Professional or Laborer

laborer tree

Our occupation is, and I’m sure most agree, rewarding.

When it’s at its best, nursing provides a sense of accomplishment, especially when saving life or preventing crises.

And, when it’s at its worst, nursing provides a sense of failure, especially when losing life or failing to prevent harm.

Our profession, occupation, vocation is, whatever you’d like to call it, noble.

Nursing identity crisis

Recently, as an occupation, I’ve noticed we’re suffering from an identity crisis.

Some of us believe we’re professionals whilst others believe we’re artisans.

Essentially, we don’t know if we’re blue-collar or white-collar, if we’re professional or skilled-laborer.

Due to the nature of the economy and our healthcare system, we’re transitioning, continually moving left and right along the horizontal axis of public opinion and the laborer-professional continuum.

Whether we’ve thought about it or not, we must, as a whole, affirm or reject the way we perceive ourselves and our profession; otherwise, other members of the healthcare team will, as many of them already have, define and determine our function for us.

Yes, it’s true that we follow physician’s orders, carry out procedures, and assess—a skill-set which some might consider more laborer than professional, as we’re following orders rather than giving them.

Yet, as a whole, we’re more educated and have more autonomy than generations past.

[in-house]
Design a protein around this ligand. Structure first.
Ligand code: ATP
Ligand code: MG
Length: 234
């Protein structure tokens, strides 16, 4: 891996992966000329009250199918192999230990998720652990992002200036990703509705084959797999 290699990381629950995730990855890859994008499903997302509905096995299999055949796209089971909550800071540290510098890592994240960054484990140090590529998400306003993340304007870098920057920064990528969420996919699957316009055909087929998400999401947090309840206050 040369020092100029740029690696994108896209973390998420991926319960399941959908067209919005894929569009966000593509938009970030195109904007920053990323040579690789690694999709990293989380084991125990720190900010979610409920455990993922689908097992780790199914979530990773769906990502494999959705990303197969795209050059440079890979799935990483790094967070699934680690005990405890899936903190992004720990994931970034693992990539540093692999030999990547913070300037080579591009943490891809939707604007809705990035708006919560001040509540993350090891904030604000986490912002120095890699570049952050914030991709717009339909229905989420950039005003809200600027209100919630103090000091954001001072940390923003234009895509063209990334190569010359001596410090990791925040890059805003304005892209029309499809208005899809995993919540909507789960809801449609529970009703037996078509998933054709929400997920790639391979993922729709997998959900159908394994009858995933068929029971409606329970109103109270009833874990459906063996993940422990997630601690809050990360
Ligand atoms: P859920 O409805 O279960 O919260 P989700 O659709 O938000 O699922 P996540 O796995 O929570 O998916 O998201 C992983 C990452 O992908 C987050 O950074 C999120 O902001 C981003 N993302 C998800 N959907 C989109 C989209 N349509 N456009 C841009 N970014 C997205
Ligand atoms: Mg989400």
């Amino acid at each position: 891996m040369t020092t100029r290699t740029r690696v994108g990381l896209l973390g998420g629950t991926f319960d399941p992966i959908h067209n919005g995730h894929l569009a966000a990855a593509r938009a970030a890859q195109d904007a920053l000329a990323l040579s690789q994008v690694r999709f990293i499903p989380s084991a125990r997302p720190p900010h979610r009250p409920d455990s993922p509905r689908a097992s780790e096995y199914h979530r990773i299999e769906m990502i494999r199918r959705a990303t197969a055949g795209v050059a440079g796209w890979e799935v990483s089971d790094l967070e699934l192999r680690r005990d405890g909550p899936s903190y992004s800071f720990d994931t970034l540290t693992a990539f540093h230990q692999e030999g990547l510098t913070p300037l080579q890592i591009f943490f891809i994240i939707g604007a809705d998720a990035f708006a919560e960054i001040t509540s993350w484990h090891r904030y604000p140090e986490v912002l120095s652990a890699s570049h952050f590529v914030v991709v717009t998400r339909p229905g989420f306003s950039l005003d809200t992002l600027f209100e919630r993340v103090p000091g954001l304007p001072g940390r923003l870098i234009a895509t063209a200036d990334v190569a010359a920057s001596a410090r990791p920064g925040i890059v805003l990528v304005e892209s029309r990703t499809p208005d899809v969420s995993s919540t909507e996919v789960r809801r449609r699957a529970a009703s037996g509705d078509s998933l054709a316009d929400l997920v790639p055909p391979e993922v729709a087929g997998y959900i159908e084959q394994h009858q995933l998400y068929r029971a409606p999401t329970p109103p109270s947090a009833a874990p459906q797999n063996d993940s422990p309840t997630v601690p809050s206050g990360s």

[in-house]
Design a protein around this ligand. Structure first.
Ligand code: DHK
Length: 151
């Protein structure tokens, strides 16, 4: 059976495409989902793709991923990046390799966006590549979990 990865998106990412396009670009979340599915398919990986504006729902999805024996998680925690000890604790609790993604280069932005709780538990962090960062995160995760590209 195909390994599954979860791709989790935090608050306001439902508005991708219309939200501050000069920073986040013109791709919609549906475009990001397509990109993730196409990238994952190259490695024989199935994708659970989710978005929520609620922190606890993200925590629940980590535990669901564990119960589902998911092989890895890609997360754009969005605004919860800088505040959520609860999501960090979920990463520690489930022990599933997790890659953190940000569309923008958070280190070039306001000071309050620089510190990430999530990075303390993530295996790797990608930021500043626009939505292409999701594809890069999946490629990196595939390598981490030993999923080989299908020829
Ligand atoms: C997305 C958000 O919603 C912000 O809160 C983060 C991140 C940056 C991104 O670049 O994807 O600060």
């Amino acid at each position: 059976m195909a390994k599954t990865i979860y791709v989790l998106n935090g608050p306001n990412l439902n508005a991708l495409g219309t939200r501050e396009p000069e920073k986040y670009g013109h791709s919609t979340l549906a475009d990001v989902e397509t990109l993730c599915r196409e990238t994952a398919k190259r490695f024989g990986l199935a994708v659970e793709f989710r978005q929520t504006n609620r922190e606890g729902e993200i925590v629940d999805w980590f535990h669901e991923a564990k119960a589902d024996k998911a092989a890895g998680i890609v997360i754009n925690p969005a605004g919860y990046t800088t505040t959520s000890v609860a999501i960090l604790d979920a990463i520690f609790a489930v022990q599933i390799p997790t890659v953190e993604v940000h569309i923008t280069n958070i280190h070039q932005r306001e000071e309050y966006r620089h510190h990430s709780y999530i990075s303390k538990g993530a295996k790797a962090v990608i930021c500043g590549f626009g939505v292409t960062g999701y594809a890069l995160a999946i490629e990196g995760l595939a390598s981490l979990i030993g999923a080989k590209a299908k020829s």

“If we’re not professionals now, we will be.”

And, unlike 25 years ago, a large number of us are becoming nurse practitioners, a specialty which grants us the ability to diagnose and write scripts.

I, personally, identify as a professional, rather than laborer.

In previous generations, nurses were subservient assistants, with limited training in anatomy and physiology, pharmacology, and ethics.

Conversely, most of us must now take chemistry, biology, anatomy and physiology, pharmacology, ethics, psyche, nutrition, etc., providing us with a well-rounded education and preparing us to take a holistic approach to patient care.

Nonetheless, some of us, as well as other members of the healthcare team, view nursing as a vocation rather than profession.

In a sense, some of us identify as more skilled-laborer than professional, as we start IVs, clean wounds, change dressings, dispense medications, etc.  Albeit, I understand and empathize with this point of view, we’ve advanced and surpassed just performing skills.

Not your typical nurse

We, most of us anyway, play a hodgepodge of roles, such as bioethicist, social worker, counselor, psychologist, and mediator.

We don’t just simply hang fluids anymore; we advocate, manage, lead, provide expertise and give advice to different members of the healthcare team.

Obviously, once we break it down, we’re arguing simple semantics, projecting meaning and judgment on how we view ourselves and our colleagues.

Currently, our healthcare system is in a constant state of flux, causing us to constantly reevaluate ourselves and the nature of our profession; as we move forward as a profession or vocation, we will continue questioning our role and relevance, as will other members of the healthcare team.

And as time progresses, we will, for better or worse, require more and more education, as the democratization of power and prestige in healthcare is afoot.

If we’re not professionals now, we will be.

If we juxtapose modern nursing with Nightingale era nursing, we’re comparing apples to oranges.

, , ,

Skip to toolbar